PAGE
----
Aftermath of a Rumor: Montclair State Reacts to False Gun Threat

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Published November 30, 2021
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The Montclarion
A police car parked outside the University Police Station. John LaRosa | The Montclarion

Rumors ran ablaze at Montclair State University the Sunday before students went on Thanksgiving break when a student reported suspicious individuals carrying a large case in and around Feliciano School of Business.

That case, later revealed to be holding audio-visual and tripod equipment, led students to believe there was a possible sighting of a gun on campus after rumors spread on social media.

Martina Zavalla, a freshman psychology major, was one of the students who heard about the incident on social media.

“I was in my room with my friends and we just saw a story on Snapchat that there was a shooter,” Zavalla said. “We just thought it was fake because a lot of rumors go around.”

Martina Zavalla is one of those students who heard about the incident on social media. John LaRosa | The Montclarion

Martina Zavalla is one of those students who heard about the incident on social media.
John LaRosa | The Montclarion

Yamilet Nunez, a freshman early childhood education major, was off-campus when the rumor spread, however, she still heard about it through her floor’s GroupMe chat.

“I was really scared for the rest of my friends and I just thought, ‘Oh my gosh, what if I was on campus?’ and how scared I would be,” Nunez said. “It was just a frightening moment for my parents, me [and my friends].”

Yamilet Nunez was off campus when the rumor spread, however, she still heard about it through her floor's GroupMe chat. John LaRosa | The Montclarion

Yamilet Nunez was off campus when the rumor spread, however, she still heard about it through her floor’s GroupMe chat.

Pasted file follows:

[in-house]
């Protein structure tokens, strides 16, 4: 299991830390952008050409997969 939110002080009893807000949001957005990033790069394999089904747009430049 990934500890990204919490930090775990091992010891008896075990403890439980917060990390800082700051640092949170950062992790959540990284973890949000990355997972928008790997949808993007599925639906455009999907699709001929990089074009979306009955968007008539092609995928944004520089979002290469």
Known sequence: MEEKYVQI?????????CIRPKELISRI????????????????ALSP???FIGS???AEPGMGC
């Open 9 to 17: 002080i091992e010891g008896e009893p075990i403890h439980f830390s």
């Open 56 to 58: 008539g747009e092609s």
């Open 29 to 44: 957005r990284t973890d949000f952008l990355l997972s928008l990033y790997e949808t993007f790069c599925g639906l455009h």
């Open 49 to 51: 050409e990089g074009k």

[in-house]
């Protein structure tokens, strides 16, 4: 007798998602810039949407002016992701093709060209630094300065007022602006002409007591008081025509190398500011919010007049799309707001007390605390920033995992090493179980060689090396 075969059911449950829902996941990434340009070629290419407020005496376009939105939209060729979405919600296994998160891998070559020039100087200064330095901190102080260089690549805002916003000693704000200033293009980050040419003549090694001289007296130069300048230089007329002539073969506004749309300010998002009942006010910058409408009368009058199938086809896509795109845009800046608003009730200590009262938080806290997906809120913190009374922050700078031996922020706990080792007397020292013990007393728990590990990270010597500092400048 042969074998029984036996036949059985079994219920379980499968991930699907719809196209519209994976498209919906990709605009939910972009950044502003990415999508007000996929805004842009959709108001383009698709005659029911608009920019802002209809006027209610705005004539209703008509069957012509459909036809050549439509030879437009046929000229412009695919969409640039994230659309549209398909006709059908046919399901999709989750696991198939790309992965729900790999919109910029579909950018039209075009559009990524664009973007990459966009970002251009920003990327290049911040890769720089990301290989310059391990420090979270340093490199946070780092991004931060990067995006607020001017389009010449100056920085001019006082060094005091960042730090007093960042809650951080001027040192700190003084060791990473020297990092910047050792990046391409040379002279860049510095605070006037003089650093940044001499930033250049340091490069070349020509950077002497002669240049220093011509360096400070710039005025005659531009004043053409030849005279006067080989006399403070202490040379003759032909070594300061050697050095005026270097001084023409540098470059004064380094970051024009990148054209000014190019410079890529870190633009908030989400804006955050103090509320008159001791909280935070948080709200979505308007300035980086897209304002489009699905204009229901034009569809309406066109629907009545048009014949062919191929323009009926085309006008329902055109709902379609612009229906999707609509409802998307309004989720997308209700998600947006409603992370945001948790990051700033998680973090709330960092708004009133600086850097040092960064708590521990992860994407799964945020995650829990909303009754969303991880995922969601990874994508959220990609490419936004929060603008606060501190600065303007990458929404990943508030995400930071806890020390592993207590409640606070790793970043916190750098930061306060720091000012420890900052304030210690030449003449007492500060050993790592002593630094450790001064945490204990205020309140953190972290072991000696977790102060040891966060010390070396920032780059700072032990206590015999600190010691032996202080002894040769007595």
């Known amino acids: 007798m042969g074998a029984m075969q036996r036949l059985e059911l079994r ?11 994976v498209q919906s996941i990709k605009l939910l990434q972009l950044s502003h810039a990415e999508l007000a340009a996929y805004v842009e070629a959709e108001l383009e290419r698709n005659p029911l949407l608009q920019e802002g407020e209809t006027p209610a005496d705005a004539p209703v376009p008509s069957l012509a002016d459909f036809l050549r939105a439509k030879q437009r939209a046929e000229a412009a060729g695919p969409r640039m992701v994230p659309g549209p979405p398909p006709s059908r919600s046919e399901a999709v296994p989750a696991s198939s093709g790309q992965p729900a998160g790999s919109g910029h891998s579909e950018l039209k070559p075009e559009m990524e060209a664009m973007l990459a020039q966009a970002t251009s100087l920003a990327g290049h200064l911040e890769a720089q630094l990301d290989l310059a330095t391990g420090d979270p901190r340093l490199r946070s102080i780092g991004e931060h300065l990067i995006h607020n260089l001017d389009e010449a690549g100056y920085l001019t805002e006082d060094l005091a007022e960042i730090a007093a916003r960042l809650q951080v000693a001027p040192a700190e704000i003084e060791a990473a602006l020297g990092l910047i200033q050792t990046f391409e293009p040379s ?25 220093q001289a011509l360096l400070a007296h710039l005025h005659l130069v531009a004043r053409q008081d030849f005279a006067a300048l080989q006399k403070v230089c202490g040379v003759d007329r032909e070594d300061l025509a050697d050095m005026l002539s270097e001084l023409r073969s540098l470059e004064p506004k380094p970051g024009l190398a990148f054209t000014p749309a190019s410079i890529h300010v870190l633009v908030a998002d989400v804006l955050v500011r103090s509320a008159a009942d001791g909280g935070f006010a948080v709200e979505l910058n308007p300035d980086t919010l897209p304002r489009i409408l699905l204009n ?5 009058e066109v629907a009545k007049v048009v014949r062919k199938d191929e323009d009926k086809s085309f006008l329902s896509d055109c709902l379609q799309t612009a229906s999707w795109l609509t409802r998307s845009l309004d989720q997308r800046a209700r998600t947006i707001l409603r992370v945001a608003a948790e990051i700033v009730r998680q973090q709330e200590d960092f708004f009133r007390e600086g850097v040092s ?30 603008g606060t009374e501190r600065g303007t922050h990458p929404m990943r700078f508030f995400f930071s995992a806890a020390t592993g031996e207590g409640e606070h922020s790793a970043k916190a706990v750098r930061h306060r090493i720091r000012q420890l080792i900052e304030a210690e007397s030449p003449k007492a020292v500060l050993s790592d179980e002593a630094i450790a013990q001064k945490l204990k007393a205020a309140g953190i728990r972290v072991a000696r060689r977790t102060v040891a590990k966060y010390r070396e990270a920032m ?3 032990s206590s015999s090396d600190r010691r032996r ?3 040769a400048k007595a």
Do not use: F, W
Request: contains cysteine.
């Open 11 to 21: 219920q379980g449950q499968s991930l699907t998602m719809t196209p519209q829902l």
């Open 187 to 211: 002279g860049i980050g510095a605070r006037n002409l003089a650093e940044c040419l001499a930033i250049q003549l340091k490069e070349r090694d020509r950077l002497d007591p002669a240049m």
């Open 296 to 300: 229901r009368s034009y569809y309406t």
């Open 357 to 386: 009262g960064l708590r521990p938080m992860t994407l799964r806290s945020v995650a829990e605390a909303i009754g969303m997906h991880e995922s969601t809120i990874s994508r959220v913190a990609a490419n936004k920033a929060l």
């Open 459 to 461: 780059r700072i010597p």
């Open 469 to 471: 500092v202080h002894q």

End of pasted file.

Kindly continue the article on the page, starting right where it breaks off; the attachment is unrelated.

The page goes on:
John LaRosa | The Montclarion

Patricia Manon, a freshman biology major, was sleeping in her dorm when she woke up to a message warning her of a shooter on campus. Though there ended up being no threat, Manon said it’s important to question the accuracy of these kinds of things.

“Just don’t listen to people,” Manon said. “Try to investigate for yourself because you never know.”

Patricia Manon says it's important to question the accuracy of these kinds of things. John LaRosa | The Montclarion

Patricia Manon says it’s important to question the accuracy of these kinds of things.
John LaRosa | The Montclarion

Other students were dissatisfied with the nearly one-hour time frame in which it took the university to send out a text alert. Dr. Dawn Soufleris, the vice president for student development and campus life, said the administration and University Police Department knew quickly that there wasn’t an imminent threat, but the police had to make determinations before getting information out to the campus community.

“What you don’t want to do is send something out that puts people in an absolute panic, and then it’s not that at all, or send something [saying] that everything’s fine, you know, ‘nothing to see here,’ and then all of a sudden, it’s not that, and it is something to be really concerned about,” Soufleris said.

After resident assistants expressed feeling out of the loop as to what was going on, Soufleris discussed what the administration can do moving forward to help lessen the spread of rumors.

“We did go out to SGA and made sure that the Student Government Association knew what was happening, but we now think, ‘you know what, we should have included [resident assistants] in that,'” Soufleris said. “So, there’s always learning experiences from these things.”

Montclair State President Dr. Jonathan Koppell discussed the importance of becoming consumers of reliable information.

“I think, yes, we have to be good communicators, and we will be, but also people need to become consumers of information,” Koppell said. “I think this is part of the things, like, ‘Well, who did you hear this from? Was it from a credible source?'”

When all was said and done, Koppell said the university police handled the situation appropriately.

“[The university police] took the report seriously even though there was deep skepticism of the report,” Koppell said. “So, let’s figure out exactly what was seen. And not just saying like, ‘No, it wasn’t a gun.’ They actually wanted to figure out well, ‘What was it? Who was it? What did they see?’ And so then we could give a real answer.”

Soufleris encourages any student who sees something to say something, even if it may end up being nothing.

“Even if you have a twinge, you should say something, and then we’ll figure it out afterward,” Soufleris said. “That is the right thing to do as a community member.”

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